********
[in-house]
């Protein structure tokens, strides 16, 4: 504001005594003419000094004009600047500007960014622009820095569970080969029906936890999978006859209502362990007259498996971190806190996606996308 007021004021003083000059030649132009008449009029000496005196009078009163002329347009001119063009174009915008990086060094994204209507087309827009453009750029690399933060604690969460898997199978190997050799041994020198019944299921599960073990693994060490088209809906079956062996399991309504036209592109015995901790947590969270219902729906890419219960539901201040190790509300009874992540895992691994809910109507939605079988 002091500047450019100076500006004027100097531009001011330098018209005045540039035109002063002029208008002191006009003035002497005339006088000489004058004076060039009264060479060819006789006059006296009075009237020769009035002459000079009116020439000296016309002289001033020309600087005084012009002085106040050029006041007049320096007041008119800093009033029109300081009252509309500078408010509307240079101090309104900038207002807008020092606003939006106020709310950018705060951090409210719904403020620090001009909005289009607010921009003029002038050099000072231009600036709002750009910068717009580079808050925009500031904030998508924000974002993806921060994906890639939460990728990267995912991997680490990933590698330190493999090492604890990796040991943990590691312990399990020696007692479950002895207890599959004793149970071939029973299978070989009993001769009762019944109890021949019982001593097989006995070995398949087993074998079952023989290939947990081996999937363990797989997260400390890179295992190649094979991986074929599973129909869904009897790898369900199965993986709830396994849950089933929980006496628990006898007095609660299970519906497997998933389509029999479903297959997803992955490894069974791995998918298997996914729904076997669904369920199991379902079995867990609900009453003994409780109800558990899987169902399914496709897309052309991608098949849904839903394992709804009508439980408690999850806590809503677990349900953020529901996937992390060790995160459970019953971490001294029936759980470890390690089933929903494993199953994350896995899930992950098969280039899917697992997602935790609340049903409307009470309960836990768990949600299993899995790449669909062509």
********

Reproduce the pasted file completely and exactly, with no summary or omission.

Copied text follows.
[in-house]
């Protein structure tokens, strides 16, 4: 504001005594003419000094004009600047500007960014622009820095569970080969029906936890999978006859209502362990007259498996971190806190996606996308 007021004021003083000059030649132009008449009029000496005196009078009163002329347009001119063009174009915008990086060094994204209507087309827009453009750029690399933060604690969460898997199978190997050799041994020198019944299921599960073990693994060490088209809906079956062996399991309504036209592109015995901790947590969270219902729906890419219960539901201040190790509300009874992540895992691994809910109507939605079988 002091500047450019100076500006004027100097531009001011330098018209005045540039035109002063002029208008002191006009003035002497005339006088000489004058004076060039009264060479060819006789006059006296009075009237020769009035002459000079009116020439000296016309002289001033020309600087005084012009002085106040050029006041007049320096007041008119800093009033029109300081009252509309500078408010509307240079101090309104900038207002807008020092606003939006106020709310950018705060951090409210719904403020620090001009909005289009607010921009003029002038050099000072231009600036709002750009910068717009580079808050925009500031904030998508924000974002993806921060994906890639939460990728990267995912991997680490990933590698330190493999090492604890990796040991943990590691312990399990020696007692479950002895207890599959004793149970071939029973299978070989009993001769009762019944109890021949019982001593097989006995070995398949087993074998079952023989290939947990081996999937363990797989997260400390890179295992190649094979991986074929599973129909869904009897790898369900199965993986709830396994849950089933929980006496628990006898007095609660299970519906497997998933389509029999479903297959997803992955490894069974791995998918298997996914729904076997669904369920199991379902079995867990609900009453003994409780109800558990899987169902399914496709897309052309991608098949849904839903394992709804009508439980408690999850806590809503677990349900953020529901996937992390060790995160459970019953971490001294029936759980470890390690089933929903494993199953994350896995899930992950098969280039899917697992997602935790609340049903409307009470309960836990768990949600299993899995790449669909062509």